Except they’ve clearly forgotten the events of January 2020, when Trump ordered the drone assassination of Iranian General Qassem Soleimani. There were no protests from US “allies” – or should we say vassals? Instead, they fell in line with amazing alacrity. Trump actually embraced the American Empire, he simply dispensed with the polite fictions it had used to dress up as something else over the years. Ironically, it was the mobilization of the entire US political establishment to get rid of Trump – starting with ‘Russiagate’ and the impeachment circus over the phone call to Ukraine, with nationwide riots about “racial justice” and the politically weaponized coronavirus lockdowns along the way – that did the lion’s share of exploding the myths that maintained US hegemony, both at home and abroad.

Remember the ‘Deep State’ that was supposedly a Trumpian conspiracy theory? Yet its existence was confirmed in the impeachment hearings, a former CIA director openly praised it, and the eventual revelations of a FBI plot to frame General Flynn removed any vestiges of doubt. The mainstream media’s war on Trump, later joined by social media platforms – censorship of the legitimate and accurate Hunter Biden laptop story just before the election being just the most egregious example – also played out for the world to see. In the end, they banned Trump from every social media platform while he was still in office, even as he said he would leave peacefully.

Read more …

Parler was at no. 1 in the AppStore.

Parler Kicked Off Amazon Servers And Apple Store (JTN)

Parler’s chief executive said Saturday night that the social media app was suspended from Apple’s store and will be thrown off Amazon’s servers in a standoff over censoring content. CEO John Matze said Parler would not bend to Apple’s demands for increased surveillance and moderation of content and was exploring “many options.” He said the decision by Amazon could result in a weeklong interruption of it service. “Sunday (tomorrow) at midnight Amazon will be shutting off all of our servers in an attempt to completely remove free speech off the internet. There is the possibility Parler will be unavailable on the internet for up to a week as we rebuild from scratch,” he said.

“This was a coordinated attack by the tech giants to kill competition in the marketplace. We were too successful too fast. You can expect the war on competition and free speech to continue, but don’t count us out,” Matze added. The dual announcements came a day after Google kicked Parler out of its App Store. “Apple will be banning Parler until we give up free speech, institute broad and invasive policies like Twitter and Facebook and we become a surveillance platform by pursuing guilt of those who use Parler before innocence,” Matze said in a statement posted on the platform. “They claim it is due to violence on the platform. The community disagrees as we hit number 1 on their store today.”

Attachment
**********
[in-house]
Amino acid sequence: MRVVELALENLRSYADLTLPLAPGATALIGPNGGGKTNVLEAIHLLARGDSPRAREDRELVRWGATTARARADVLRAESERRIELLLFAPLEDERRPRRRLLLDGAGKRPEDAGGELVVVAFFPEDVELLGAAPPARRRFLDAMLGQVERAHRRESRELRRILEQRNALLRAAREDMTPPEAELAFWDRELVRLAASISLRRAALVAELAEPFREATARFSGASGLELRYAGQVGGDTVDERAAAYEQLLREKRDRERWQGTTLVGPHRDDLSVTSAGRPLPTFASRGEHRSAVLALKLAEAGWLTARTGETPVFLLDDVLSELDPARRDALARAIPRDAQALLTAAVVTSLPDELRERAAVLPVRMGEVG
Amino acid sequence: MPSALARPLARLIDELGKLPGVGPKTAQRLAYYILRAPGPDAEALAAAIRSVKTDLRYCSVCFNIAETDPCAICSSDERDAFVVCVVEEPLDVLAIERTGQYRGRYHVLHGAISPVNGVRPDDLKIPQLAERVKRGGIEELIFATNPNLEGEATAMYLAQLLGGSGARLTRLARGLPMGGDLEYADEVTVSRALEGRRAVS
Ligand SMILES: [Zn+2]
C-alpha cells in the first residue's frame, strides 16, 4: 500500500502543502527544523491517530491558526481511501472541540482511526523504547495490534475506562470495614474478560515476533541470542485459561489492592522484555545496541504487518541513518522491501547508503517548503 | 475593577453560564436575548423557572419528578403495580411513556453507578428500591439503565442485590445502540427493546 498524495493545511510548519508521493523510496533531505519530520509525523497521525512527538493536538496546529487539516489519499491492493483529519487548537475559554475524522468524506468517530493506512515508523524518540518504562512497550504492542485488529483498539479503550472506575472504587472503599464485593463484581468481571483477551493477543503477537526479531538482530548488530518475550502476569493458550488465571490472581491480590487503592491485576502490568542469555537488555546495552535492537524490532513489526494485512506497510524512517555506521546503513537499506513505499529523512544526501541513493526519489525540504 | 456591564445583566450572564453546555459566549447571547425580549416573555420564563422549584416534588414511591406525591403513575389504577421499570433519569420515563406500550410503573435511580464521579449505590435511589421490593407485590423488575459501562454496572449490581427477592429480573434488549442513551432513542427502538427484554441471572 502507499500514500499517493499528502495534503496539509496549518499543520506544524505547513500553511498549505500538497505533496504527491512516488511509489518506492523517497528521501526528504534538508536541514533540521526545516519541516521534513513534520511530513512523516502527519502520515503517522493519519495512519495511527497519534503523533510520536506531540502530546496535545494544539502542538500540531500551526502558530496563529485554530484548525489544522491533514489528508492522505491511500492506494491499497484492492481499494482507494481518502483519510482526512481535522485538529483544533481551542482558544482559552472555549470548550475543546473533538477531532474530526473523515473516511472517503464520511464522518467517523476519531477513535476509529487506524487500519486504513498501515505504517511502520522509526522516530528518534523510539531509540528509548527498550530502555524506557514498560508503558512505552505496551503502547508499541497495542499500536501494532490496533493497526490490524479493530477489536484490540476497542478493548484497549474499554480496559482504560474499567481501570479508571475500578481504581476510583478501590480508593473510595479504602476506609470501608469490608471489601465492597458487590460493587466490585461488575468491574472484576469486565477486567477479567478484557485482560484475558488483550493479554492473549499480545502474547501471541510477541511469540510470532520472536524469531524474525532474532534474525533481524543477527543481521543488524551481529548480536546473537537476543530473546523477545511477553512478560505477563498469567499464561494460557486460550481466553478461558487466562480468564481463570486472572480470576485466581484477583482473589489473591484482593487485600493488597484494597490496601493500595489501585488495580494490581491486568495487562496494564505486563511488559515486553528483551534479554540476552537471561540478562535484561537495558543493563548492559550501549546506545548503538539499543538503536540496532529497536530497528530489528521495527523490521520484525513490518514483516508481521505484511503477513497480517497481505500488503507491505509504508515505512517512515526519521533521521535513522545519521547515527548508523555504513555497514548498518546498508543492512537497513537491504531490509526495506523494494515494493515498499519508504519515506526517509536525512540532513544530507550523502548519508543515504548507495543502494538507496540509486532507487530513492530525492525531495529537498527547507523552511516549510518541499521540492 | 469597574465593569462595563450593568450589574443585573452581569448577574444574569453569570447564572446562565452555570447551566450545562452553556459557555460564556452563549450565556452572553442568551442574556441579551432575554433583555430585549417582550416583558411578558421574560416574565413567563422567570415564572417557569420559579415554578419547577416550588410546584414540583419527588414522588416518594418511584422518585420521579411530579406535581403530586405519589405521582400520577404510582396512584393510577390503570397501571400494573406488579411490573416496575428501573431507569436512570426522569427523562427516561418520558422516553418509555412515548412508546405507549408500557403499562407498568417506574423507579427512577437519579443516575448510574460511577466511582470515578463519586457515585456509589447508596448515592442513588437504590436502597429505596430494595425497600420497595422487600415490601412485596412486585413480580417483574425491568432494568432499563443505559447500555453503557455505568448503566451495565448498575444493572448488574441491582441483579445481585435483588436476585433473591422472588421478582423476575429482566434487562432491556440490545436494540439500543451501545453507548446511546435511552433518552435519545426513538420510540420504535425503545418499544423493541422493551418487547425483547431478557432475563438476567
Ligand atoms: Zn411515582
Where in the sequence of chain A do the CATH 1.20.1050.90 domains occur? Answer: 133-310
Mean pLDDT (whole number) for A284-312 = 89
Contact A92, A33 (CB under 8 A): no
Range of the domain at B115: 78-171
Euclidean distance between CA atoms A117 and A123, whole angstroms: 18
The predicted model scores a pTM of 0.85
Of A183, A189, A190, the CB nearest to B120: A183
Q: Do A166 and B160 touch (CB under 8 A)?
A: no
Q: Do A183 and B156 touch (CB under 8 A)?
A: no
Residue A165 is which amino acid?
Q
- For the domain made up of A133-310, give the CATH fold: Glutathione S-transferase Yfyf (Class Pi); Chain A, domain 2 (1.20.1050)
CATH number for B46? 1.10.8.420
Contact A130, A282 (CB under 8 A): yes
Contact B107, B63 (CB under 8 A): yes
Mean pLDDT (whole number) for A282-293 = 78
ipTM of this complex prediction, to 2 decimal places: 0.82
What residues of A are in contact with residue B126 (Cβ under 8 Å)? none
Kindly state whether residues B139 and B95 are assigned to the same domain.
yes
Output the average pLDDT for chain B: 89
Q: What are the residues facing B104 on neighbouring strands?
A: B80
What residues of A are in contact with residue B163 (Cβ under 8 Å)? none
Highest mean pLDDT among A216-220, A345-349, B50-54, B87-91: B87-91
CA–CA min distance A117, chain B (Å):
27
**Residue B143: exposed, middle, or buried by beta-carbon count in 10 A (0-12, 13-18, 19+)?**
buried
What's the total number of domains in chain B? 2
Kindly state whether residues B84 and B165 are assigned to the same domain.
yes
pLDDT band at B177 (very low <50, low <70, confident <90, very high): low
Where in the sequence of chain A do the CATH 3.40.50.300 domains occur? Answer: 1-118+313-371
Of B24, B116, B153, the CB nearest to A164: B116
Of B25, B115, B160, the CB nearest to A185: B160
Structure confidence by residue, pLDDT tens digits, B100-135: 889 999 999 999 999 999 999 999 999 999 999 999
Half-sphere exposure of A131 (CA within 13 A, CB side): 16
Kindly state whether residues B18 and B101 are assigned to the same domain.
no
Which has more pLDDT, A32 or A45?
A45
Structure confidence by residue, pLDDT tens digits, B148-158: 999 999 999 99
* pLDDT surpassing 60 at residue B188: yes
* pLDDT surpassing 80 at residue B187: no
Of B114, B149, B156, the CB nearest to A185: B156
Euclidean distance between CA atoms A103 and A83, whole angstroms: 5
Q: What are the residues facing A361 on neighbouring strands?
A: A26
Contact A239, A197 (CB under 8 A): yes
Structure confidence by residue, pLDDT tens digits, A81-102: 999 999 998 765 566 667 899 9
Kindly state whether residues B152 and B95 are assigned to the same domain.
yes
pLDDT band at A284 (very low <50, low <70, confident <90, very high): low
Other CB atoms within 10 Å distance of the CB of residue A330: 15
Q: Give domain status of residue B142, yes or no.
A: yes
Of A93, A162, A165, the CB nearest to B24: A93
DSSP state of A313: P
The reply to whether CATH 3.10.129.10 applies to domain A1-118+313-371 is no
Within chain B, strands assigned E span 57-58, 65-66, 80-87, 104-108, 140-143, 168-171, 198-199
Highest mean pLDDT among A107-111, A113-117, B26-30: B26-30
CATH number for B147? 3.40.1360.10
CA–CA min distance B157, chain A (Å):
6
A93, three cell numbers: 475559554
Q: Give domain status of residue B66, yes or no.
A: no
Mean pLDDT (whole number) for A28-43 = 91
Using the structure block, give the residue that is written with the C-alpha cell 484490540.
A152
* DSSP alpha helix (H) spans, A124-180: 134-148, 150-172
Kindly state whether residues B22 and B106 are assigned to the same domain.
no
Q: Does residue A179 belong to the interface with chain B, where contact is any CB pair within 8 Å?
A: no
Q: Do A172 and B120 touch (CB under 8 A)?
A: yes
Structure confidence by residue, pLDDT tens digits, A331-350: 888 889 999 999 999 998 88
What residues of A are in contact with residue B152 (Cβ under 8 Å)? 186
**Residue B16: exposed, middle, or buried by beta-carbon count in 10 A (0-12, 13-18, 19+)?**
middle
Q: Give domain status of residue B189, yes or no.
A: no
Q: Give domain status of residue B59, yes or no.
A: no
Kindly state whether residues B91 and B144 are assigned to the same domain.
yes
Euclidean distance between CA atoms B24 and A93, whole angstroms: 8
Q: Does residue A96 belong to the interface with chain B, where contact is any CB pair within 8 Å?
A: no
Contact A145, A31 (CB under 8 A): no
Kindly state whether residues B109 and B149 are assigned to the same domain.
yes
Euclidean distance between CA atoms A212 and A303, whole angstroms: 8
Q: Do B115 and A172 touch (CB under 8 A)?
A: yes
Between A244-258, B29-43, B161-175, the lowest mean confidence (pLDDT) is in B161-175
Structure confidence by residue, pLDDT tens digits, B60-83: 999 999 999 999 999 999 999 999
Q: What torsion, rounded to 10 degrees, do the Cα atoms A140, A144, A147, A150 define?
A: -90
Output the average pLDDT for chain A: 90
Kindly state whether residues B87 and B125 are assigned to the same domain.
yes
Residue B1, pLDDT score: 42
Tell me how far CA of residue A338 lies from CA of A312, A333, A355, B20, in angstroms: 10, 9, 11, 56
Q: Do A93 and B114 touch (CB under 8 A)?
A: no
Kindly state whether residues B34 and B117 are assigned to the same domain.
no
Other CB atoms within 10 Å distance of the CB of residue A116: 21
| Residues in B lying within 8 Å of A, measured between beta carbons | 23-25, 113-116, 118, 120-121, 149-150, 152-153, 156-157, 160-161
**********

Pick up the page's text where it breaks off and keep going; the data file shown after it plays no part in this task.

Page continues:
Matze accused Apple of a double standard by allowing Twitter to have its users post offensive content while shutting down Parler. ”The same day ‘Hang Mike Pence,’ a disgusting violent suggestion, was trending nationally on Twitter. Displaying the horrible double standard Apple and their big tech pack apply to the community,” he said. “Apple, a software monopoly, provides no alternatives to installing apps on your phone other then their store. We do not own our phones, Apple simply rents them to us.

Read more …

“The shocking rampage on Wednesday was the culmination of years of political and ideological polarization fueled by social media platforms, primarily Facebook.”

Elon Musk Blames Facebook and Mark Zuckerberg For Capitol Riot (Ob.)

In times of social crises in America, big tech billionaires are often amongst the first to speak up—though how they do so varies. Tesla and SpaceX CEO Elon Musk, unlike many of his peers, didn’t directly speak about the riot that erupted in Washington, D.C. on Wednesday afternoon. But the second-richest man in the world did make it clear that he was watching the news and indeed had a strong opinion about the surreal events that transpired at the U.S. Capitol. Late Wednesday night, after police had cleared protestors from the Capital ground to allow Congress to resume vote counting and certifying election results, Musk tweeted a meme showing bricks lining up like dominoes.


The smallest front brick was labeled “a website to rate women on campus”—a reference to the early version of Facebook—and the largest tile in the back was superimposed with a tweet by The New York Times Magazine correspondent Mark Leibovich that read: “The Capitol seems to be under the control of a man in a viking hat.” His message was clear: The shocking rampage on Wednesday was the culmination of years of political and ideological polarization fueled by social media platforms, primarily Facebook. “This is called the domino effect,” Musk tweeted alongside the meme. It’s not the first time the Tesla CEO openly expressed his dislike for Facebook. In February, he called Facebook “lame” in a tweet and urged people to delete their accounts. Three months later, he tweeted “Facebook sucks” after the company’s artificial intelligence lead criticized his lack of knowledge about A.I.

Read more …

“Tesla’s stock price jumped 8% that day alone, adding $60 billion to its market capitalization – equivalent to “1 GM, 2 Hersheys, 3 Etsys, 4 Dominos, 10 Vornados..”

Big Short’s Michael Burry: Tesla Will Collapse Like The Housing Bubble (BI)

Michael Burry, the investor whose billion-dollar bet against the US housing market was immortalized in Michael Lewis’ book “The Big Short,” predicted that Tesla stock would suffer a similar downfall. “Well, my last Big Short got bigger and bigger and BIGGER too,” Burry tweeted on Thursday. Tesla’s stock price jumped 8% that day alone, adding $60 billion to its market capitalization – equivalent to “1 GM, 2 Hersheys, 3 Etsys, 4 Dominos, 10 Vornados,” he continued. “Enjoy it while it lasts,” the Scion Asset Management founder and boss added. Burry disclosed in December that he was shorting Tesla, and he called for CEO Elon Musk to capitalize on his electric-vehicle company’s “current ridiculous price” by issuing shares.